This has become an issue because we have abandoned federalism for nationalism and so now various communities are in a battle over how the national government should address their local needs.



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frgough

posted January 31, 2008 at 10:39 am


“The U.S. is not a fascist dictatorship (well, it won’t be if we survive the putz in the White House). Let’s not make it one.”
Asinine comments like the above simply show the ignorance of the poster. In a fascist country, we wouldn’t be having elections.



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Dave

posted January 31, 2008 at 12:55 pm


You can’t make people have children but you can make aborting fetus’ harder.
You can also encourage people to have children (see Kiryas Yoel-median age-15)



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Larry Lennhoff

posted January 31, 2008 at 1:06 pm


No, laws–in our country at least–are always about right and wrong: they’re about good public policy, which is why religious leaders are sometimes the least well-equipped people to speak out about them.

The comma after the word ‘No’ completely inverts the meaning of the sentence from what the rest of the article seems to say. Did you actually mean to say “No laws – in our country at least – are about right and wrong: they’re about good public policy, which is why religious leaders are sometimes the least well-equipped people to speak out about them.”?



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Lucy

posted January 31, 2008 at 3:31 pm


Is it “moral” to ban abortion? Is it always immoral to have one? Having an abortion is never good, but unfortunately, it is sometimes necessary. Do you really think an exploited child of thirteen should be made to go through a pregnancy and childbirth? How about a rape victim? Whould you force her to carry the rapist’s child to term? Should a woman continue a pregnacy that threatens her own life? There are many situations in which abortion seems the only humane solution. Remember, banning abortions will not prevent them from happening. Women with money and connections will still be able to obtain medically safe abortions and poor, desperate women will die trying to end unwanted pregnancies.
If we want to see fewer unwanted pregnancies and abortions, we need to educate young men and women both. They need to respect each other and themselves so that meaningless “hookups” are seen for what they are, demeaning and harmful. They also need proper information so that when they do choose to be sexually active (within a meaningful relationship) they can prevent pregnancy until they are ready for children.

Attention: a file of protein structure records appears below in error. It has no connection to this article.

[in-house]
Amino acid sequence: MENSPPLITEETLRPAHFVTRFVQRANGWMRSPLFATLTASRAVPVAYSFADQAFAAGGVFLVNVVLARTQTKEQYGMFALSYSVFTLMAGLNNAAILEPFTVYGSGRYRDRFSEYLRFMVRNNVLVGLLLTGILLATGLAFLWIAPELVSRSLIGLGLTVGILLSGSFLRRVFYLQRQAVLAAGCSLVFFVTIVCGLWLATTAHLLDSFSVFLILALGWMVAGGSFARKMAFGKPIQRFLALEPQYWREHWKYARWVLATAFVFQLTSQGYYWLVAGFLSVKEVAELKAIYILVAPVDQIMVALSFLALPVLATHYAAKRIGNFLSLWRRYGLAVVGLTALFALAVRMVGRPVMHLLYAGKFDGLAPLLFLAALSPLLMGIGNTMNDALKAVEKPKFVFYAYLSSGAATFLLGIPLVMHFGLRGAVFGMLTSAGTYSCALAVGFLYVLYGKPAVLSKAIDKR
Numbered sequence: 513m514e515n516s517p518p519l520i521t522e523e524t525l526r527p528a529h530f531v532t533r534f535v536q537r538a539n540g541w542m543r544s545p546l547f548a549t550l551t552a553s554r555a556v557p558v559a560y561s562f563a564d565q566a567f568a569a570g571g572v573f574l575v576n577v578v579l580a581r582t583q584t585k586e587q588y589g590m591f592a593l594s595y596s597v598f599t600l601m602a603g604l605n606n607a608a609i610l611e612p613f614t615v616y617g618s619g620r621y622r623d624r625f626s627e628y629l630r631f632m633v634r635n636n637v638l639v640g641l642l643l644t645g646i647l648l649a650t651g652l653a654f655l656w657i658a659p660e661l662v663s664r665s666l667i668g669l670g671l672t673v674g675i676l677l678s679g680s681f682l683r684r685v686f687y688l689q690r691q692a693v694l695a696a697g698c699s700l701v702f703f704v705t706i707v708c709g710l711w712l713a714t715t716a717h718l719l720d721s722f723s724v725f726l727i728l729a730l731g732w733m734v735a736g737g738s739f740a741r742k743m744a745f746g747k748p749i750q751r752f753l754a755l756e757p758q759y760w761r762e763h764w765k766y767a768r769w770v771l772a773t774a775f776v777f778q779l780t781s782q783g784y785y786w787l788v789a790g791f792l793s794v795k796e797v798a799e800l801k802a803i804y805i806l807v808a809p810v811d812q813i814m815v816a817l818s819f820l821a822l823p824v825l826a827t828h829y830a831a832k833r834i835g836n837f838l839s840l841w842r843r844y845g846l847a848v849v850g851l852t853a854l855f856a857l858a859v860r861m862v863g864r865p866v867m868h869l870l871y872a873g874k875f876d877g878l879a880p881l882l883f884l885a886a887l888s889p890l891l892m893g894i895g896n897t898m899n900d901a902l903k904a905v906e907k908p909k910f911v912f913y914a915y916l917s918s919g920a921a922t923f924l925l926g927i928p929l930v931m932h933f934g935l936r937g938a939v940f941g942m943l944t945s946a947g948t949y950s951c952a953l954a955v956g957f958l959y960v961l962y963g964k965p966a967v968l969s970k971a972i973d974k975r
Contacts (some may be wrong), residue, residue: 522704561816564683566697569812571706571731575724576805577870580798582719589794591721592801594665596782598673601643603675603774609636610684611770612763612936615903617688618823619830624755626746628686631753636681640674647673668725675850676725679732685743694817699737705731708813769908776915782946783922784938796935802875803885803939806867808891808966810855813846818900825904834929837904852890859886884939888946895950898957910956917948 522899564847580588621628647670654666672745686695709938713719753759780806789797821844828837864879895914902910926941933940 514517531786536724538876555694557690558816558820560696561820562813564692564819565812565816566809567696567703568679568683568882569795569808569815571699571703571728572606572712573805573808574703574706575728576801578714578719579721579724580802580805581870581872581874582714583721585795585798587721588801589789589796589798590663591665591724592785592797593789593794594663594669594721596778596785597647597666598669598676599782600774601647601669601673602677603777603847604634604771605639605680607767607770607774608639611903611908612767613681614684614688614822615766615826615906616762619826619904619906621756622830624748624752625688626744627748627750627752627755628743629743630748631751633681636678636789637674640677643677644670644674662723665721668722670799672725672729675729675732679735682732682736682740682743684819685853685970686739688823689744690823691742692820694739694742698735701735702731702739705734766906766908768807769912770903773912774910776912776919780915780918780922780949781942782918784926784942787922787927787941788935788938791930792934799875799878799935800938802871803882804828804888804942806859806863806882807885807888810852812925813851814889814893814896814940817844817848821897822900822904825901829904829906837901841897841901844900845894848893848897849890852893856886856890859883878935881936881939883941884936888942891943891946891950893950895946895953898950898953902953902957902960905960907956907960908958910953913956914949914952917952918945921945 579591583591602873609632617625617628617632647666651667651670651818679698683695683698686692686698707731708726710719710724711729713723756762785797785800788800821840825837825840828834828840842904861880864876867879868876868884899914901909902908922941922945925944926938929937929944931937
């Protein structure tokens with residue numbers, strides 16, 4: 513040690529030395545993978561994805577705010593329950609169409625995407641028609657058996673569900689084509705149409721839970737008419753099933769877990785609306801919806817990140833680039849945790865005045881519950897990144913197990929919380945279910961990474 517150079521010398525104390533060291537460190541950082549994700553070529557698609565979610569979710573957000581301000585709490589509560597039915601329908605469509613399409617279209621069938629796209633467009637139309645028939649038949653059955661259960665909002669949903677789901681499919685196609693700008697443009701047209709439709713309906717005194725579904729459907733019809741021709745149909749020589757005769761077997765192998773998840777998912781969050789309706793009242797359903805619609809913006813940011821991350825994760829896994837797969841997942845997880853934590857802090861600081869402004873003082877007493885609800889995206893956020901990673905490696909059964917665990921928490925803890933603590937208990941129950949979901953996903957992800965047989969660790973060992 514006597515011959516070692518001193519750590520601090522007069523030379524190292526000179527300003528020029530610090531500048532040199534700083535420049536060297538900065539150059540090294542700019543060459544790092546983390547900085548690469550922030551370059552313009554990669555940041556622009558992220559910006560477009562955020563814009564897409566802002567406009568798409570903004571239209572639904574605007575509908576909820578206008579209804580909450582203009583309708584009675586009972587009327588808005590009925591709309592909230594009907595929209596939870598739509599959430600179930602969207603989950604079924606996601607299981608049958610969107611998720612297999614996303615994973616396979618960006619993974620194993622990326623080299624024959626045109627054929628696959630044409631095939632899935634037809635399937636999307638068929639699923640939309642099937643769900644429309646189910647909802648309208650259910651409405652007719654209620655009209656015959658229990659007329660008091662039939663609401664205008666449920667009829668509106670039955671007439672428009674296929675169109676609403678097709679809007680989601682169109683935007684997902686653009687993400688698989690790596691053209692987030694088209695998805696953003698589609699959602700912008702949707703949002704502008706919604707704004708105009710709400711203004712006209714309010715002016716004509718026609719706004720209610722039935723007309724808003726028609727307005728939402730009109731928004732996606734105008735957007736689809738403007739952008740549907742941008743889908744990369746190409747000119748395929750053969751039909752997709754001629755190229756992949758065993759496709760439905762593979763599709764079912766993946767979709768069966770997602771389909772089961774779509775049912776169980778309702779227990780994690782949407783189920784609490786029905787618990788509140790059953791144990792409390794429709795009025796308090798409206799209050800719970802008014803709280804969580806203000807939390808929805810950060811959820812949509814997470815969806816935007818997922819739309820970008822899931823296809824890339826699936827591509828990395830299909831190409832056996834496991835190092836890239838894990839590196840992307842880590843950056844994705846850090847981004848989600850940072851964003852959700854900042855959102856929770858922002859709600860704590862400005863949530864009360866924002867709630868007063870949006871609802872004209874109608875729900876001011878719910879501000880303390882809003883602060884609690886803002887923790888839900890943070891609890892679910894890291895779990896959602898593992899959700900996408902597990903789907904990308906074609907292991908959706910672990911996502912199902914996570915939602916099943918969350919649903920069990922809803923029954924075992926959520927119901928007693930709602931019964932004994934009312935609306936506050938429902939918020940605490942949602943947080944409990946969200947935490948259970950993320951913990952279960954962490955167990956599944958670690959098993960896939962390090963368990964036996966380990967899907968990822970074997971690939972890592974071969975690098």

Girls and women who are raped or otherwise exploited need to be made to feel safe, so they can come forward. Emergency contraception should be made available when necessary.
As for gay marraige, if two people want to commit to each other, that is a good thing. Stable relationships mean a stable society. Obvioulsy, rabbis, priests and ministers who object to such unions on moral and religious grounds need not officiate at such weddings.



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michelle

posted January 31, 2008 at 5:34 pm


lucy, thank you for putting my very thoughts on this subject into such meaningful words.



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Scott R.

posted January 31, 2008 at 6:14 pm


Hey Frgough, Hitler was elected. Duh. They had elections until 1943 in Mussolini’s Italy as well.



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Scott R.

posted January 31, 2008 at 6:16 pm


You can’t make people have children but you can make aborting fetus’ harder.
And is it our place to impose Jewish laws and morality on gentiles?
You can also encourage people to have children (see Kiryas Yoel-median age-15)
And is it our place to impose Jewish laws and morality on gentiles?
Because if that is what they think we are doing, you know what they will do to us.



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jon01

posted February 1, 2008 at 1:26 am


Shalom
I don’t see that line as being reductio ad absurdum but a realistic and logical extention of the slipery slope. Not all cultures perceive murder as being wrong, why should we expect it from future or even current American culture? Isn’t this why the Rabbis teach Esau rejected the offer to receive Torah?
B’rachos
Jon



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Dan King

posted February 1, 2008 at 11:59 am


Peace,
When man in his infinite power finds away to reverse GOD’s Law of physics with regards to polarity then we will have a model for consideration.
PEACE, LOVE AND LIGHT
dan



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Dave

posted February 4, 2008 at 11:43 pm


The article stated that there was no public policy reason ban same-sex marriages.
I pointed out that from a public policy perspective promoting policies that are anti-natalist (abortion and same-sex marriage), damages a country’s future.
Nothing about ‘imposing’ any religion on anyone.